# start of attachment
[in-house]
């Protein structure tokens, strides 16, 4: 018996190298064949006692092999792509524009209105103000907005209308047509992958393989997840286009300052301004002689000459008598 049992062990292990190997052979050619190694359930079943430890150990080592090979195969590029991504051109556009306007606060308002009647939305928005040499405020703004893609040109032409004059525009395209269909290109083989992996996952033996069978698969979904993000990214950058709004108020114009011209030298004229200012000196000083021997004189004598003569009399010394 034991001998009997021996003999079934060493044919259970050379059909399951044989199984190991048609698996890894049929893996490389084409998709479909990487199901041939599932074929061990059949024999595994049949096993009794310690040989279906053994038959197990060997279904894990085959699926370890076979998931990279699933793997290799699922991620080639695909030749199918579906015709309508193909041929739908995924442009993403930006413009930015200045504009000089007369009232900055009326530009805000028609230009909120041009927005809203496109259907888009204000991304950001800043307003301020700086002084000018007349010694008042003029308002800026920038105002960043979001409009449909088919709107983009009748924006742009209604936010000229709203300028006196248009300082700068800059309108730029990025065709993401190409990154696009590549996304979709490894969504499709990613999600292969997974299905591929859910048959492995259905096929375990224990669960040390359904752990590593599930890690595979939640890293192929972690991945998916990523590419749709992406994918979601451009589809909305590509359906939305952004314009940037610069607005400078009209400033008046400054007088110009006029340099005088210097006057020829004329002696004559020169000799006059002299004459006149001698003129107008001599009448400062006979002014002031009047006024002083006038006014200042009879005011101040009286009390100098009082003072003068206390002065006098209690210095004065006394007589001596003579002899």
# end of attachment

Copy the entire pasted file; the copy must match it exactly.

[in-house]
């Protein structure tokens, strides 16, 4: 018996190298064949006692092999792509524009209105103000907005209308047509992958393989997840286009300052301004002689000459008598 049992062990292990190997052979050619190694359930079943430890150990080592090979195969590029991504051109556009306007606060308002009647939305928005040499405020703004893609040109032409004059525009395209269909290109083989992996996952033996069978698969979904993000990214950058709004108020114009011209030298004229200012000196000083021997004189004598003569009399010394 034991001998009997021996003999079934060493044919259970050379059909399951044989199984190991048609698996890894049929893996490389084409998709479909990487199901041939599932074929061990059949024999595994049949096993009794310690040989279906053994038959197990060997279904894990085959699926370890076979998931990279699933793997290799699922991620080639695909030749199918579906015709309508193909041929739908995924442009993403930006413009930015200045504009000089007369009232900055009326530009805000028609230009909120041009927005809203496109259907888009204000991304950001800043307003301020700086002084000018007349010694008042003029308002800026920038105002960043979001409009449909088919709107983009009748924006742009209604936010000229709203300028006196248009300082700068800059309108730029990025065709993401190409990154696009590549996304979709490894969504499709990613999600292969997974299905591929859910048959492995259905096929375990224990669960040390359904752990590593599930890690595979939640890293192929972690991945998916990523590419749709992406994918979601451009589809909305590509359906939305952004314009940037610069607005400078009209400033008046400054007088110009006029340099005088210097006057020829004329002696004559020169000799006059002299004459006149001698003129107008001599009448400062006979002014002031009047006024002083006038006014200042009879005011101040009286009390100098009082003072003068206390002065006098209690210095004065006394007589001596003579002899």